After the hackathon that I organised last month, it seemed that some of the attendees had not even heard of the Microsoft Student Partner program. So for all the students who have no idea about us, here is a little background on what we do and how you can get involved!
As some quick-fire statistics for you, there are actually about 100 active Microsoft Student Partners now in the UK at many of the universities and colleges. While 100 doesn’t seem big, Microsoft Student Partners aren’t just local to the UK. The MSP program is active in over 80 countries around the world!
We all have a passion for development and while it isn’t limited to, we mainly evangelise in application development for Windows Phone and Windows 8. Don’t think we are a Microsoft cult though, there are some of us who also develop applications for iOS and Android.
Promoting Microsoft DreamSpark
One of our main tasks is to promote Microsoft DreamSpark on campus. If you don’t know already, DreamSpark is a program set up by Microsoft to allow students the ability to get access to a range of development tools at no cost. All you need to do is create an account, verify it with your student email and you can begin downloading the tools you need to make amazing applications for Windows Phone and Windows 8.
If you haven’t done that yet, head to this address and get yourself started: http://www.dreamspark.com/
This one is a bit trickier than any of the other tasks you’ll do as a Microsoft Student Partner. Don’t hold back from running events though. As I learned from the hackathon, ‘if you build it, they will come’.
Running events gives you the freedom to really do what you do best. Run a hackathon to promote development, give lectures on developing for mobile platforms, get students to team up and compete in Imagine Cup. The choice is all yours.
Be Socially Active
Now this doesn’t mean going out drinking with your techie friends but feel free to do so if you want. By socially active, I mean social media. This covers everything from posting on Facebook, tweeting, blogging, creating YouTube videos or any other platforms that you fancy using.
While it isn’t compulsory to do any of this, I’ve found that you can get your word out further than students at your own campus if you do. If your blog posts are up to scratch, Microsoft will even share them on the Microsoft UK Developers website and Microsoft Student Experience Facebook group which has nearly 900,000 likes.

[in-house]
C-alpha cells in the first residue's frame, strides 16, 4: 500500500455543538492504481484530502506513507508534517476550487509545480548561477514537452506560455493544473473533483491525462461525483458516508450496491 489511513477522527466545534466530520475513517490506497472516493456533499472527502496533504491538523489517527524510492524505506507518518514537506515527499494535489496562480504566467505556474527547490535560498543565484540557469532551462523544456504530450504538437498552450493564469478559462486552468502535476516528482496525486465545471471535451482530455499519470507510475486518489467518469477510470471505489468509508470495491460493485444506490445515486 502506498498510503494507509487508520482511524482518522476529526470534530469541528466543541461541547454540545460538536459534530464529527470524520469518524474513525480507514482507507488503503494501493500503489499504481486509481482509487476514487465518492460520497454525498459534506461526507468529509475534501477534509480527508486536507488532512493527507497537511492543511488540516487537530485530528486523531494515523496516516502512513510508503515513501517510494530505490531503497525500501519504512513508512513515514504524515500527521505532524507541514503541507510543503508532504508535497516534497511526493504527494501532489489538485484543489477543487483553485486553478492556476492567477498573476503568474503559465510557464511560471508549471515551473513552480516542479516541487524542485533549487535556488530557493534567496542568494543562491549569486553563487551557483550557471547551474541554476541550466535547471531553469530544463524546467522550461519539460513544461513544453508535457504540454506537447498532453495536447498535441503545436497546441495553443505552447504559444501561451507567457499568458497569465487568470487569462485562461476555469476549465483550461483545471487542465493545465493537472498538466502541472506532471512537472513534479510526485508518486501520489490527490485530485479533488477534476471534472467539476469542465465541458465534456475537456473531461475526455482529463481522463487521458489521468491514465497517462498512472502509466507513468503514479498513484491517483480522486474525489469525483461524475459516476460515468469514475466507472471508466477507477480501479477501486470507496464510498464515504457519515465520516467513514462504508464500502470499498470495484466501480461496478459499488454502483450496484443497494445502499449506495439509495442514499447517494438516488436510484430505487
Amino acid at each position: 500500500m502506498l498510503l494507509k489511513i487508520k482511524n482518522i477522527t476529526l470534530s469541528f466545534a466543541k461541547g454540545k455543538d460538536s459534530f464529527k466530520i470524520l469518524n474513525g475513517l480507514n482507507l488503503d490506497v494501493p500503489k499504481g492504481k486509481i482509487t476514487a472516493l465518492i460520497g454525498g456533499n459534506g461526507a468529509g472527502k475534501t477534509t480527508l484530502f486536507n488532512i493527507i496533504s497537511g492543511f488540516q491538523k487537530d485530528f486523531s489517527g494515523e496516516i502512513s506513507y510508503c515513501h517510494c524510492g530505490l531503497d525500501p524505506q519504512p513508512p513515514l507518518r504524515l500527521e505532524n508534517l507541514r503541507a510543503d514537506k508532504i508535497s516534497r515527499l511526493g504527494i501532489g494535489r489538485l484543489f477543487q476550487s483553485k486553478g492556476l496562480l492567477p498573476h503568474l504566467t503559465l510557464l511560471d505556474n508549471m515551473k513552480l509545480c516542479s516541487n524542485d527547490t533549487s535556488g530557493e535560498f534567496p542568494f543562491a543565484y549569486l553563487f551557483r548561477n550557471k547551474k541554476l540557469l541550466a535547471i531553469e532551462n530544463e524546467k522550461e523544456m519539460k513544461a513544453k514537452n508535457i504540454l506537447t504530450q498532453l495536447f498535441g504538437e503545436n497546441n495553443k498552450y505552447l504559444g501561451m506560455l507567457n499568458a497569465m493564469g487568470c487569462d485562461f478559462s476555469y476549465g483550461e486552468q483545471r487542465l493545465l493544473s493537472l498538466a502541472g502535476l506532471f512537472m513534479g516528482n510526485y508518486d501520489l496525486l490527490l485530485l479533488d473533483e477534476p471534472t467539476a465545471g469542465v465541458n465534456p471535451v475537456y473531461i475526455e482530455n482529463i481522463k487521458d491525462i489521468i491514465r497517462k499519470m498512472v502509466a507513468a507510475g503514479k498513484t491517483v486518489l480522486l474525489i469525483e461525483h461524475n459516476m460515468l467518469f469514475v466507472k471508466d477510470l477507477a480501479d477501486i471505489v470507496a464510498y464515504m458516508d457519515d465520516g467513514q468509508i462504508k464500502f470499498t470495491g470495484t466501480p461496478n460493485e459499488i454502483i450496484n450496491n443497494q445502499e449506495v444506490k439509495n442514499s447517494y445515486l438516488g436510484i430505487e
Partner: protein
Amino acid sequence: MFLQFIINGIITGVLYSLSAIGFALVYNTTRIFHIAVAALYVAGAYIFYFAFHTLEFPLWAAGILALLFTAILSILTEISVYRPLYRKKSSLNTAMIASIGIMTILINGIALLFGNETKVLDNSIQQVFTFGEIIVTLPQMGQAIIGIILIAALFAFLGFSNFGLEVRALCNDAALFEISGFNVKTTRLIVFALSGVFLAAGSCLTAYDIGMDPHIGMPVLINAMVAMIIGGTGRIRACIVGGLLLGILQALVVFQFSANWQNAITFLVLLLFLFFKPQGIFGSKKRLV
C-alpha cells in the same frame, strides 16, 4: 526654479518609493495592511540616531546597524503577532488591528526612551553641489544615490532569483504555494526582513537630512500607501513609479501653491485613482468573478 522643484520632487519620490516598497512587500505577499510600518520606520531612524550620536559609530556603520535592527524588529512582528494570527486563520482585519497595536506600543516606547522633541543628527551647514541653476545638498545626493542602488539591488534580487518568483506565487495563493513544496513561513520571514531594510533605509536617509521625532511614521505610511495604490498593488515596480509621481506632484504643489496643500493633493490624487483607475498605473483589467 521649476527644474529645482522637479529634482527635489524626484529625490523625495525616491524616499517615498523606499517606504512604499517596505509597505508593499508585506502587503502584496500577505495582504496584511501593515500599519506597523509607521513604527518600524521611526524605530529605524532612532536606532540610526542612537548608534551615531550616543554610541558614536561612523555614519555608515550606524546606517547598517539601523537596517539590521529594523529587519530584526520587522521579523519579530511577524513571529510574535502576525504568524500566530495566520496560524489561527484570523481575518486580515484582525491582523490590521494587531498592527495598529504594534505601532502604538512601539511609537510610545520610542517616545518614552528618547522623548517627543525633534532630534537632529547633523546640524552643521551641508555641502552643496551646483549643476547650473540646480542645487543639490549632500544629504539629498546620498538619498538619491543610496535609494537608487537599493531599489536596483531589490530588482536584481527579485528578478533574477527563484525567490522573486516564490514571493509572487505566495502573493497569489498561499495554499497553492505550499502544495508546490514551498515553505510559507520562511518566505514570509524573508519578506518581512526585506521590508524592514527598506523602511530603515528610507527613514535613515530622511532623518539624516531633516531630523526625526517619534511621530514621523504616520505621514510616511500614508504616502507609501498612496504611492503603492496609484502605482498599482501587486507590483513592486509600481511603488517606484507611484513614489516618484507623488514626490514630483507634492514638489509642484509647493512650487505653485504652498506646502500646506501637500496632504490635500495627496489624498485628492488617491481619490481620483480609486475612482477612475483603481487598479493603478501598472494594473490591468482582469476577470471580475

I do all the above suggestions and I’m getting seen on the internet! If you don’t believe me, here are some stats for you.
- 68,000+ total blog views over last 2 years
- 317 total YouTube subscribers with 136,907 views (avg. 761 per video)
- 343 Twitter followers
I’ve managed to engage with more students and aspiring developers using different platforms and I feel great for doing it.
It isn’t all about evangelism though. You’re encouraged as part of your partnership to develop your own applications for the Windows Phone and Windows 8 marketplace and Microsoft will do everything they possibly can to help promote you.
How much time does it take up?
Microsoft understand that we are only students and that our education comes first. As the time that people use for the program varies, I will let you know what I do.
- Blogging – up to 3 hours a week (depends on how many posts)
- Facebook/Twitter – up to an hour a day, sometimes more (includes personal use)
- YouTube – up to 20 minutes per video per week (depends on what I’m demoing)
- Running a hack – 24/48 hours (over a weekend so doesn’t affect university)
- Making apps – varies day-to-day with university work
- Meetings – an hour every other week
- E-mails – about 15 minutes a day
It really doesn’t take up a lot of time to do what you do best.
While it isn’t about the perks, Microsoft allow you access to things you could only dream of.
This includes help out at events to promote Microsoft development. Names to throw out there include Campus Party, Skills Show at the NEC, Eurogamer, and The Big Bang Fair. These events are huge and could have as many as 70,000 people from the public to businesses checking out what you’re doing and how they can get involved with development.
Going to these events not only promotes Microsoft but they will more than likely raise your public profile. Getting scouted by businesses is something you should be actively trying to do if you want to get a job!
As well as getting to go places, you even get the chance to meet and chat with some amazing Microsoft employees from all areas of the company. You don’t get any closer than this folks. It isn’t all about meeting the guys from Microsoft though. One of the best parts of being a Microsoft Student Partner is getting to meet the other MSPs.
Sign me up!
If you are genuinely interested in getting involved with the Microsoft Student Partner program, I highly recommend you apply for the next academic year here: http://www.microsoftstudentpartners.com/Home/Apply?country=
I’ve only been a Microsoft Student Partner for this academic year and I’ve enjoyed every part of the experience. Unfortunately, I will be leaving university this year and heading to a job in development (in Microsoft technologies obviously). However, that won’t stop me from carrying on what I do best and that is encouraging others to start application development.